12 Years a Slave is an incredible film in many ways, and it thoroughly deserved to win two Baftas this week. It is beautiful, compelling, thought-provoking, and contains a number of fantastic performances. Some critics say it reflects a long-standing focus in Hollywood on making and taking notice of films depicting slavery and the struggle for civil rights, at the expense of other, alternative portrayals of black life. I sympathise with the spirit of this critique. Indeed, I have argued elsewhere that black history should be seen for all its diversity and that we should not simply focus on instances of injustice. Nevertheless, this complaint misses the mark with respect to this film. For one thing, stories this good deserve to be told regardless of whether other vaguely similar stories have also been told. For another, when stories this good are told this well they can make points more clearly and powerfully than others, and they can deliver these messages to a wider, more receptive audience. 12 Years a Slave makes a number of important points very well. Here, I will report on just a few of them.

First, there’s something about watching a film in which black people are routinely abused (and abuse each other) with the word nigger that makes me sceptical of the idea that the modern use of this word is a source of empowerment (Django Unchained had a similar, if less subtle, effect). I don’t deny that a previously abusive word can be reclaimed by the community that the word was originally intended to denigrate and harm. Neither do I deny that the ability to police the use of language is an important source of social power. I am not at all sure, however, that economically and politically disenfranchised people (as African Americans still generally are) are meaningfully empowered by claiming the right to use and police the use of a word that was used to abuse their economically and politically disenfranchised forbears. Genuine empowerment would involve challenging the structures of economic and political power that foreseeably and avoidably disadvantage them, which, whatever else it does, co-opting and policing the use of the word nigger does not. In fact, it often seems like a cruel sideshow.

The reference to economic structures leads to the second point: slavery was a practice supported, legitimised and sustained by the legal and economic structures and institutions of the time. Of course slavery was an economic regime designed to enrich white Europeans and Americans. But it was also underpinned by a legal regime designed to regulate behaviour, settle disputes and legitimise the system generally. The significance of the legal order is emphasised at the end of the film when (SPOILER ALERT!!) Soloman Northup is rescued from slavery because his true legal status as free man is established. The other slaves remained in their bondage and misery, because the law regarded them as the property of the man with the documents to prove that he has purchased them legally. The message is this: slavery might have been powered by racism and greed, but it was also sustained and structured by law; and most men – even racist, greedy and sadistic men – tend to respect and obey the law.

All of this made me think the famous Nelson Mandela quote:

“Like Slavery and Apartheid, poverty is not natural. It is man-made and it can be overcome and eradicated by the actions of human beings.”

Extreme global poverty and inequality is possibly the greatest moral outrage of our day. Over 20% of the world’s population live below the World Bank’s meagre $1.25 a day poverty line, and many live far below it. The lives of those who survive beyond childhood in this condition are horrendous: often stunted by malnutrition their daily focus is on mere survival. In a world of plenty such as ours, this state of affairs is a tragedy. Or at least it would be if it were created by a force of nature like the recent typhoon in the Philippines.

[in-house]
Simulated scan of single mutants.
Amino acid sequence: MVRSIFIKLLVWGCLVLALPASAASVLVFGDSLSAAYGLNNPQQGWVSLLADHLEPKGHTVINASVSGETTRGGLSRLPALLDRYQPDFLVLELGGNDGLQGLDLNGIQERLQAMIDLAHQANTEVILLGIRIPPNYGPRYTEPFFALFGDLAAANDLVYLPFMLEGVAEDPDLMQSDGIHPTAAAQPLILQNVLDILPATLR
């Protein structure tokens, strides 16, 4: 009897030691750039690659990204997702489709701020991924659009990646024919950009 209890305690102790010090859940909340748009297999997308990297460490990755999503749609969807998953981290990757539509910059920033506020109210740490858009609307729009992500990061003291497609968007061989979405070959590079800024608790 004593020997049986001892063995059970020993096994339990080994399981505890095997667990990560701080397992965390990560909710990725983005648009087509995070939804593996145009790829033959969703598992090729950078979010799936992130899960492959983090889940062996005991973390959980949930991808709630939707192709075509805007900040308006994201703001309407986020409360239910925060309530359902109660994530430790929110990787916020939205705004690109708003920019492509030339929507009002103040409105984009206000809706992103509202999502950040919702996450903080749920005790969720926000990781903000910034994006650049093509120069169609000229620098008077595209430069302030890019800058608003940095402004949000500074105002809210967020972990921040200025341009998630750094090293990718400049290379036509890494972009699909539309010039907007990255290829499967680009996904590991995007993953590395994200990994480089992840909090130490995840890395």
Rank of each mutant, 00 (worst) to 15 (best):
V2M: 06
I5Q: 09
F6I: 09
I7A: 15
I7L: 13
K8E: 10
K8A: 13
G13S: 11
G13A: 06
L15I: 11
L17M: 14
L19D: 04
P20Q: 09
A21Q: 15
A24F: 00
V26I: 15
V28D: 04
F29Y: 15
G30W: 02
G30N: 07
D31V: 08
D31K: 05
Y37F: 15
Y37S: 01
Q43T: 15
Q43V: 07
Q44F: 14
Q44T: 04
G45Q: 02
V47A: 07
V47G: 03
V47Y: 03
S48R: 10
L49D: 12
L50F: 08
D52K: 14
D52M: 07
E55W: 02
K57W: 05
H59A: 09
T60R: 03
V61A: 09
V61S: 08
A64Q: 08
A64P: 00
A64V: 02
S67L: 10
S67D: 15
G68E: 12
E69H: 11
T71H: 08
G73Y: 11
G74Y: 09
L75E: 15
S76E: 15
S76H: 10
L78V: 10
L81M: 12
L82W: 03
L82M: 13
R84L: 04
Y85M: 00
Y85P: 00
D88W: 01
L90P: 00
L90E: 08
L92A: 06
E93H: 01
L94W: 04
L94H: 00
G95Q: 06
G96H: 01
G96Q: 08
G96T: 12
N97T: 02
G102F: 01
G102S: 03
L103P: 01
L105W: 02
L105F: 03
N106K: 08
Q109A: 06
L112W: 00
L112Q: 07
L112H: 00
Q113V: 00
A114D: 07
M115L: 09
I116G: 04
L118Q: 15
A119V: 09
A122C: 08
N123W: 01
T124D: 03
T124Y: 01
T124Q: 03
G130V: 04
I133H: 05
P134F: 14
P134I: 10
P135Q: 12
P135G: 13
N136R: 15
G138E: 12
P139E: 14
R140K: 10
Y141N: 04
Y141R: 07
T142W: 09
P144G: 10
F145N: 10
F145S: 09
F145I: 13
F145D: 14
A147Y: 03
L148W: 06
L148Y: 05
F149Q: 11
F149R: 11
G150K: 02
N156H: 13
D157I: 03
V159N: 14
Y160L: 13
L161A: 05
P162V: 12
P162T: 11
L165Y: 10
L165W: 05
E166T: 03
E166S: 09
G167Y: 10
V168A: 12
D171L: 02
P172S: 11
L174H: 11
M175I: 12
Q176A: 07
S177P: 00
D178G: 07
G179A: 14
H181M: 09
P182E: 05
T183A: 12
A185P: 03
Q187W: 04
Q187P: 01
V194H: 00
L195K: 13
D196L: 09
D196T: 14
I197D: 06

But poverty is not some freak accident. It is a state of affairs sustained and structured by an intricate web of national and international law. Think of the rich countries insistence on the inclusion of subsidies and tariffs in treaties which directly damage the interests of poor farmers in the ‘developing world’. Or think about legally enforced debt amassed by brutal, unrepresentative dictators which we require that the poor pay us back. Our current legal and political order is also one in which the richest 85 people in the world are as wealthy as half of the human race. Reflect on this statistic for a moment. Ask yourself: what on earth could justify this, especially while so many languish in inhuman and degrading poverty?

Some say that we have made great progress on poverty over the past few years, but this claim is less straightforward than it seems (read Thomas Pogge’s fantastic Politics as Usual for a robust challenge to the Millennium Development Goals success story). But even if we have made great strides in reducing poverty by some measure, the appropriate comparison isn’t with the unacceptable past but with the entirely feasible present and future. The status quo for blacks under Jim Crow was probably better than slavery, but this is certainly no endorsement of it.

In a sense it is strange that people (me included) have found 12 Years a Slave such a brutal and gruelling film to watch. It is almost as if we didn’t realise what the practice of trading in human beings might involve. Now consider what it must be like for the millions and millions of our fellow human beings who live in brutal and gruelling poverty. I imagine that many of you cannot; I certainly can’t. My guess is that people in the future will look back in amazement about how we allowed this state of affairs to continue. Who knows, someone might even make a film about it.

Originally published in ‘The Independent’ on Thursday 20th February 2014

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